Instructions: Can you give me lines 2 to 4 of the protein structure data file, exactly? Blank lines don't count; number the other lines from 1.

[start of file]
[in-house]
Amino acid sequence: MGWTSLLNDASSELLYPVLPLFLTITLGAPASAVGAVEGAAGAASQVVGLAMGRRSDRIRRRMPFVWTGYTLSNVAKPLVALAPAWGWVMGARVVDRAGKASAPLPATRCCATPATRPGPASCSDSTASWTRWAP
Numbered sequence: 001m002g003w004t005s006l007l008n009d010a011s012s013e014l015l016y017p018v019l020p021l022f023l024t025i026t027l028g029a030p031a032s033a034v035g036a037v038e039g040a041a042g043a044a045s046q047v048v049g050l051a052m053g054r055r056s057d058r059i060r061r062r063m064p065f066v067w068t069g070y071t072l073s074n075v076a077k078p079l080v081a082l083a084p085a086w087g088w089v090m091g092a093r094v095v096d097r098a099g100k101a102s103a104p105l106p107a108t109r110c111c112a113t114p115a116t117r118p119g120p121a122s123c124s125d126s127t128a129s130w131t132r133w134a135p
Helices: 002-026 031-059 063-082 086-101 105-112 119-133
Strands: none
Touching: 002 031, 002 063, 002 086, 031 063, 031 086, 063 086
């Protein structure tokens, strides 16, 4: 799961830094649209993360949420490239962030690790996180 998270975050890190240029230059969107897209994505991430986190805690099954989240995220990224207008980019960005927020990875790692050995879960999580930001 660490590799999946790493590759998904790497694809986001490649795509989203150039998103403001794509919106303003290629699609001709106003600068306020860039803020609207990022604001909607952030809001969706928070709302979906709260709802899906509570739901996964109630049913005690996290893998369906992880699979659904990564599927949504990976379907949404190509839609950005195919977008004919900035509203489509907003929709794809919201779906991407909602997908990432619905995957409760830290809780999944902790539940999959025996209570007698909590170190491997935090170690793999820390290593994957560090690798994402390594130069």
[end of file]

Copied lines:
Amino acid sequence: MGWTSLLNDASSELLYPVLPLFLTITLGAPASAVGAVEGAAGAASQVVGLAMGRRSDRIRRRMPFVWTGYTLSNVAKPLVALAPAWGWVMGARVVDRAGKASAPLPATRCCATPATRPGPASCSDSTASWTRWAP
Numbered sequence: 001m002g003w004t005s006l007l008n009d010a011s012s013e014l015l016y017p018v019l020p021l022f023l024t025i026t027l028g029a030p031a032s033a034v035g036a037v038e039g040a041a042g043a044a045s046q047v048v049g050l051a052m053g054r055r056s057d058r059i060r061r062r063m064p065f066v067w068t069g070y071t072l073s074n075v076a077k078p079l080v081a082l083a084p085a086w087g088w089v090m091g092a093r094v095v096d097r098a099g100k101a102s103a104p105l106p107a108t109r110c111c112a113t114p115a116t117r118p119g120p121a122s123c124s125d126s127t128a129s130w131t132r133w134a135p
Helices: 002-026 031-059 063-082 086-101 105-112 119-133